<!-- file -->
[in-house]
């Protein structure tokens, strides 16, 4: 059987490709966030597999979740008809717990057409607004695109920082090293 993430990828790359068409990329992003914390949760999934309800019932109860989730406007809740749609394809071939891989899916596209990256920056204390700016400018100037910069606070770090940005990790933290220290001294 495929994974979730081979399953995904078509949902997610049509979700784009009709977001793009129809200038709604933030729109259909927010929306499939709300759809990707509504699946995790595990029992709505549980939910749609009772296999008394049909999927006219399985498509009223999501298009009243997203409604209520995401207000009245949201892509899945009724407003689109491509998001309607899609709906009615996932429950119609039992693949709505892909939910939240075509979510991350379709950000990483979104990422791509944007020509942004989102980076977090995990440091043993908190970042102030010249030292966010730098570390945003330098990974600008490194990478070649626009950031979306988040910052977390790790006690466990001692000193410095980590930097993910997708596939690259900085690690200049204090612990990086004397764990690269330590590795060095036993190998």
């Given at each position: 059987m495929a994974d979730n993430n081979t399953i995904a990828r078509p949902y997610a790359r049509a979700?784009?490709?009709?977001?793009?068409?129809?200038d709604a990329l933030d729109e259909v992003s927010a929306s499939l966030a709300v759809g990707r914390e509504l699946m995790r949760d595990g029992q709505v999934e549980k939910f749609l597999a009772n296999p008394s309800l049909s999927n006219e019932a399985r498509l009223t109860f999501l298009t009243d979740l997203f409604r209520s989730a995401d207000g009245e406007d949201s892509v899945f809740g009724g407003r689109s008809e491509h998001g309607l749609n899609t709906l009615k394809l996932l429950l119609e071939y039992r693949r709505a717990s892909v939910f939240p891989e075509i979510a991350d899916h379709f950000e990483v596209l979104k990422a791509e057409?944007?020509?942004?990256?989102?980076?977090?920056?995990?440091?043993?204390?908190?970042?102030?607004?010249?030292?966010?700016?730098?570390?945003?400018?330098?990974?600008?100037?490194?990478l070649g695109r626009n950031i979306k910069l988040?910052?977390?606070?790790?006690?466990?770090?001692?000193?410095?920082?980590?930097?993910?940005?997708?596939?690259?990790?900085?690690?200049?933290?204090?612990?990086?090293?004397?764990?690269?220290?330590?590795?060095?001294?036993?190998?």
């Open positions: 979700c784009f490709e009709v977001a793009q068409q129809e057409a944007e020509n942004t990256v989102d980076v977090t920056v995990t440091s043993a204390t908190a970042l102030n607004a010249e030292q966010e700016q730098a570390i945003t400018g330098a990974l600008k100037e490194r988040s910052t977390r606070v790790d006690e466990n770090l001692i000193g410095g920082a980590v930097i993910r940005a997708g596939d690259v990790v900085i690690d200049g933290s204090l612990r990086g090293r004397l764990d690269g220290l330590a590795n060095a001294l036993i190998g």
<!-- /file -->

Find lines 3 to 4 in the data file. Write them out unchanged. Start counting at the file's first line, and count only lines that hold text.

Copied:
């Given at each position: 059987m495929a994974d979730n993430n081979t399953i995904a990828r078509p949902y997610a790359r049509a979700?784009?490709?009709?977001?793009?068409?129809?200038d709604a990329l933030d729109e259909v992003s927010a929306s499939l966030a709300v759809g990707r914390e509504l699946m995790r949760d595990g029992q709505v999934e549980k939910f749609l597999a009772n296999p008394s309800l049909s999927n006219e019932a399985r498509l009223t109860f999501l298009t009243d979740l997203f409604r209520s989730a995401d207000g009245e406007d949201s892509v899945f809740g009724g407003r689109s008809e491509h998001g309607l749609n899609t709906l009615k394809l996932l429950l119609e071939y039992r693949r709505a717990s892909v939910f939240p891989e075509i979510a991350d899916h379709f950000e990483v596209l979104k990422a791509e057409?944007?020509?942004?990256?989102?980076?977090?920056?995990?440091?043993?204390?908190?970042?102030?607004?010249?030292?966010?700016?730098?570390?945003?400018?330098?990974?600008?100037?490194?990478l070649g695109r626009n950031i979306k910069l988040?910052?977390?606070?790790?006690?466990?770090?001692?000193?410095?920082?980590?930097?993910?940005?997708?596939?690259?990790?900085?690690?200049?933290?204090?612990?990086?090293?004397?764990?690269?220290?330590?590795?060095?001294?036993?190998?």
């Open positions: 979700c784009f490709e009709v977001a793009q068409q129809e057409a944007e020509n942004t990256v989102d980076v977090t920056v995990t440091s043993a204390t908190a970042l102030n607004a010249e030292q966010e700016q730098a570390i945003t400018g330098a990974l600008k100037e490194r988040s910052t977390r606070v790790d006690e466990n770090l001692i000193g410095g920082a980590v930097i993910r940005a997708g596939d690259v990790v900085i690690d200049g933290s204090l612990r990086g090293r004397l764990d690269g220290l330590a590795n060095a001294l036993i190998g």